Taking Creative Control: Understanding Aperture and F/Stops

Of the three main variables relating to creative and artistic control on DSLR and compact interchangeable cameras–aperture, shutter speed and ISO–aperture control, is for many beginners, the most difficult to grasp. Have no fear, we’re here to help! Learning how and when to select a wide or narrow aperture unleashes the creative and expressive potential of your camera’s lenses, and puts the control firmly in your hands.

Comparing Aperture

These two apples were photographed with the SIGMA 18-35mm F1.8 DC HSM | A lens zoomed to 35mm with an F2.8 aperture for shallow depth of field. Notice how just a sliver of the leaf and near apple is on the focal plane. The front apple is about a foot from the lens, with the farther apple nine inches behind. The back wall with the very soft shadow is ten feet from the camera.

And here is the same image captured at F/16, a much smaller aperture, with the focus again exactly on the leaf of the front apple. The area of the aperture circle is much smaller, so a longer exposure time of 8/10 second is necessary to give an equivalent exposure. Notice how much harder the edges are on both the far apple and the shadow on the wall with the smaller F/Stop.

Quite simply, the lens aperture (also known as the F/Stop) controls the size of the opening inside the lens that light will be passing through during image capture. At a given focal length and focal distance a wider aperture will have a shallower zone of sharp focus than a smaller aperture.

But as the aperture controls the amount of light passing through the lens, adjustments must be made to one or both of the other light control systems of your camera: shutter speed and ISO, to ensure that that total amount of light hitting the sensor remains the same in order to avoid over- and under-exposure as the F/Stops change.

Learning the Lingo of Aperture

There are two things about aperture control that may be confusing to new photographers. First is the naming convention of the full F/Stops, for example, F1.4, F2, F2.8, F4, F5.6, F8, F11, F16, F22. The second is: why as the numbers appear to climb higher, does the size of the opening inside the lens diminish?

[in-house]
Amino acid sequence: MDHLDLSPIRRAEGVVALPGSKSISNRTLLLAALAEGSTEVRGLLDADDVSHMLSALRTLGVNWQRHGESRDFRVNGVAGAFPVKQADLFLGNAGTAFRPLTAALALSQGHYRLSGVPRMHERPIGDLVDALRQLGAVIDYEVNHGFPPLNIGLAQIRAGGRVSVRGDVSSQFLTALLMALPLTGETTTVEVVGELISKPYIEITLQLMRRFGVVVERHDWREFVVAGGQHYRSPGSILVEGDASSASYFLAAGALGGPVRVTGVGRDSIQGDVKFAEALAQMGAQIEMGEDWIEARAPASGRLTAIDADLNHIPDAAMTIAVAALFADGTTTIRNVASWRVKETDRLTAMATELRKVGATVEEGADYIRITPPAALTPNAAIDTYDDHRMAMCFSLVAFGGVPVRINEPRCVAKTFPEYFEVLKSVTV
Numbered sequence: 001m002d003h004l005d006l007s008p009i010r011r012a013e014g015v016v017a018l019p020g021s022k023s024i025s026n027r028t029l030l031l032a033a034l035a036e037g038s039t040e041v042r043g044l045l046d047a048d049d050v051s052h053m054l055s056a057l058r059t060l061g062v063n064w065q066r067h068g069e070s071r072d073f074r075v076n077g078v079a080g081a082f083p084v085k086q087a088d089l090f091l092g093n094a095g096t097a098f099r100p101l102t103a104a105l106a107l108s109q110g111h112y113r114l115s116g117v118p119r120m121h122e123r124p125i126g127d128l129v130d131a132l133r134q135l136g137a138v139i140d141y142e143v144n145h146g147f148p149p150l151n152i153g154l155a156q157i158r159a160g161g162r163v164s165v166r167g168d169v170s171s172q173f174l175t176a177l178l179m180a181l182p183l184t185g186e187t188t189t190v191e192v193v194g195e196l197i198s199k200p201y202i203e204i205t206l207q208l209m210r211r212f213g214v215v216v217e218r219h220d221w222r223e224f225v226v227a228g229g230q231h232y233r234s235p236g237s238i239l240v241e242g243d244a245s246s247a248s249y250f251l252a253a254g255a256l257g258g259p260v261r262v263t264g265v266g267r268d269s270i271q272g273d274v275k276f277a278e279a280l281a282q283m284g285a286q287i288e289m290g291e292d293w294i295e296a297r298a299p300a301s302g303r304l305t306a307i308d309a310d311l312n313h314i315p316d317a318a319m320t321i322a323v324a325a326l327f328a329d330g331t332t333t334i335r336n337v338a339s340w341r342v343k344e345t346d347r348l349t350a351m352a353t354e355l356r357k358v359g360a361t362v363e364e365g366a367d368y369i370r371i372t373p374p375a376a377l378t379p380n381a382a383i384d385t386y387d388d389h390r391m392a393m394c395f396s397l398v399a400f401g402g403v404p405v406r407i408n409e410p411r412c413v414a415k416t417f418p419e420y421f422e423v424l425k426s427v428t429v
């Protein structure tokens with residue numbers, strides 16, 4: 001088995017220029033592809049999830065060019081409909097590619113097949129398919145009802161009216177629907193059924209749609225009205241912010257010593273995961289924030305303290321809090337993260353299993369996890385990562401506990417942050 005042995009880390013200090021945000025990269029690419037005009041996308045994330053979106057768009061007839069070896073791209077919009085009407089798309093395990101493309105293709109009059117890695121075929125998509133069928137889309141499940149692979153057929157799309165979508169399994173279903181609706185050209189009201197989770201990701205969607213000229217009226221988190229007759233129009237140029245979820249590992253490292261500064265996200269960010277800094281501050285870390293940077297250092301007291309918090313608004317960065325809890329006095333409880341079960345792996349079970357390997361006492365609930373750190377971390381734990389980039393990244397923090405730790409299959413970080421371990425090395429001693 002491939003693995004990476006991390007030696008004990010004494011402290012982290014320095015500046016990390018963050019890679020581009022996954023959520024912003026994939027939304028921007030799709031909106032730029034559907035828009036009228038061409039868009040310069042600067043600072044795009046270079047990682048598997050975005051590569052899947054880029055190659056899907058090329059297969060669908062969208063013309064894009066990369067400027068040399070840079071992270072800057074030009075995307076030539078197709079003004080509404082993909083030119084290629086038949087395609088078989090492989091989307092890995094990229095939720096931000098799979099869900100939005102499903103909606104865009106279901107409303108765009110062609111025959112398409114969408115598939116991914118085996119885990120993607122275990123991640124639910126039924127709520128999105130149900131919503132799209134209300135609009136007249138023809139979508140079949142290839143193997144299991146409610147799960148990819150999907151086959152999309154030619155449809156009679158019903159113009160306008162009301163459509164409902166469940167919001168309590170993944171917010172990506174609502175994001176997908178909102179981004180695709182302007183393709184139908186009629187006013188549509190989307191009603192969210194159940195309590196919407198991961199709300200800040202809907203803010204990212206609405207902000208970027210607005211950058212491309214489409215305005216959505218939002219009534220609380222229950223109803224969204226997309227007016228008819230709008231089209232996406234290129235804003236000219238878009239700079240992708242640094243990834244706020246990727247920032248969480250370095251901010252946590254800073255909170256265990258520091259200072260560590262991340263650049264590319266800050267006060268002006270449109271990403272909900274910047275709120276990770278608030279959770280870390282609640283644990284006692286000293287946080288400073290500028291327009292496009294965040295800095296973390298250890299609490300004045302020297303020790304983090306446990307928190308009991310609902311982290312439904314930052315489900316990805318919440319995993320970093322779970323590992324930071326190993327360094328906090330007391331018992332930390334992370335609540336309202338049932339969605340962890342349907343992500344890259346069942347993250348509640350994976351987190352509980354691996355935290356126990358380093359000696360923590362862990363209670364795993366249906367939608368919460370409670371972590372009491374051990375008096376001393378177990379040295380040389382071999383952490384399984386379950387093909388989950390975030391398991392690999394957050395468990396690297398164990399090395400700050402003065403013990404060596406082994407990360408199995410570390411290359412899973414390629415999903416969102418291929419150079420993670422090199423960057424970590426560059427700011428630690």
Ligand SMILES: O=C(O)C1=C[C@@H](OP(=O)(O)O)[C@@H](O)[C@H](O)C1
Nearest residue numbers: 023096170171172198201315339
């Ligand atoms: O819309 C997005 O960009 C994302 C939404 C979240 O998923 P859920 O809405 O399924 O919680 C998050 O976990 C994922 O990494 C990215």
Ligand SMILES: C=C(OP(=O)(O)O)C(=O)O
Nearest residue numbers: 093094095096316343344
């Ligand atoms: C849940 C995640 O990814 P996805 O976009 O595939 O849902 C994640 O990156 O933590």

Here’s why: the F in F/stop stands for Focal Length, and that slash is actually a mathematical operator, so what we’re looking at is the focal length over the area of the circular (or near-circular) opening of the diaphragm blades inside the lens as the image is captured. So, for example, in nice round numbers, the area of the aperture opening on a 100mm lens at F/4 is 25mms. Make sense, right? One hundred (F) divided by (/) four (STOP) equals an area of 25mm.

As for the naming convention for the F/Stops, that’s based on the square root of 2: 1.41414…. x 1.41414….

An F1.4 aperture on a lens is actually an opening through the lens that has an area that is the square root of 2 in relation to the focal distance. This means the physical area of the aperture is dependent on focal length. So, for example, the area of the F1.4 circle in the 30mm F1.4 DC HSM | A, 50mm F1.4 DG HSM | Art, and 85mm F1.4 EX DG HSM lenses is not the same, with the 85mm being the biggest of the three.  Anyways, that’s the story behind the numbers.

The important thing to commit to memory is that each full stop change, for example F4 to F5.6, doubles or halves the amount of light passing through the lens. So to have the same amount of light hit the sensor for a chosen scene, you’ve got to either adjust the shutter speed or ISO to ensure an equivalent exposure. For example, if a scene is metered at 1/50 at F5.6, an equivalent exposure would be 1/100 at F4—There is twice as much area for light to pass through, so the time value is halved.

Another way to accomplish this is to adjust the ISO a full stop. For example, 1/50 F4 at ISO 100 is equivalent to 1/50 F5.6 at ISO 200.  Don’t worry, with a little hands-on practice, it all begins to make sense. (And Remember, ISO doubles or halves in each full stops: 100, 200, 400, 800, 1600, 3200…)

Here are several inter-related reasons to choose the widest/fastest apertures available on your lenses

  • Sports and wildlife action. The wider the aperture, the faster the shutter speed will be for freezing motion.
  • Powerful portraits. Shallow depth of field and background separation make the subject the primary focus.
  • Leading the viewer’s eye to your focus point in the frame. Selective focus informs the viewer of exactly what you chose to illuminate within the frame.
  • Available light interiors and exteriors. Again, the wider the aperture, the faster the shutter speed for minimizing undesired camera shake during capture in low-light situations.
  • Softened or abstract background rendering. Depending on focal length, focal distance and distance to the background, the background may be a recognizable, but decidedly softened version of the elements, or it may be an abstract impression of its colors and shapes.

Here are several interrelated reasons to choose a slower/smaller aperture on your lenses

  • More depth of field to keep an entire subject or focal point sharp. The middle apertures on a lens offer a greater range of sharp focus in front of and behind the exact focus point.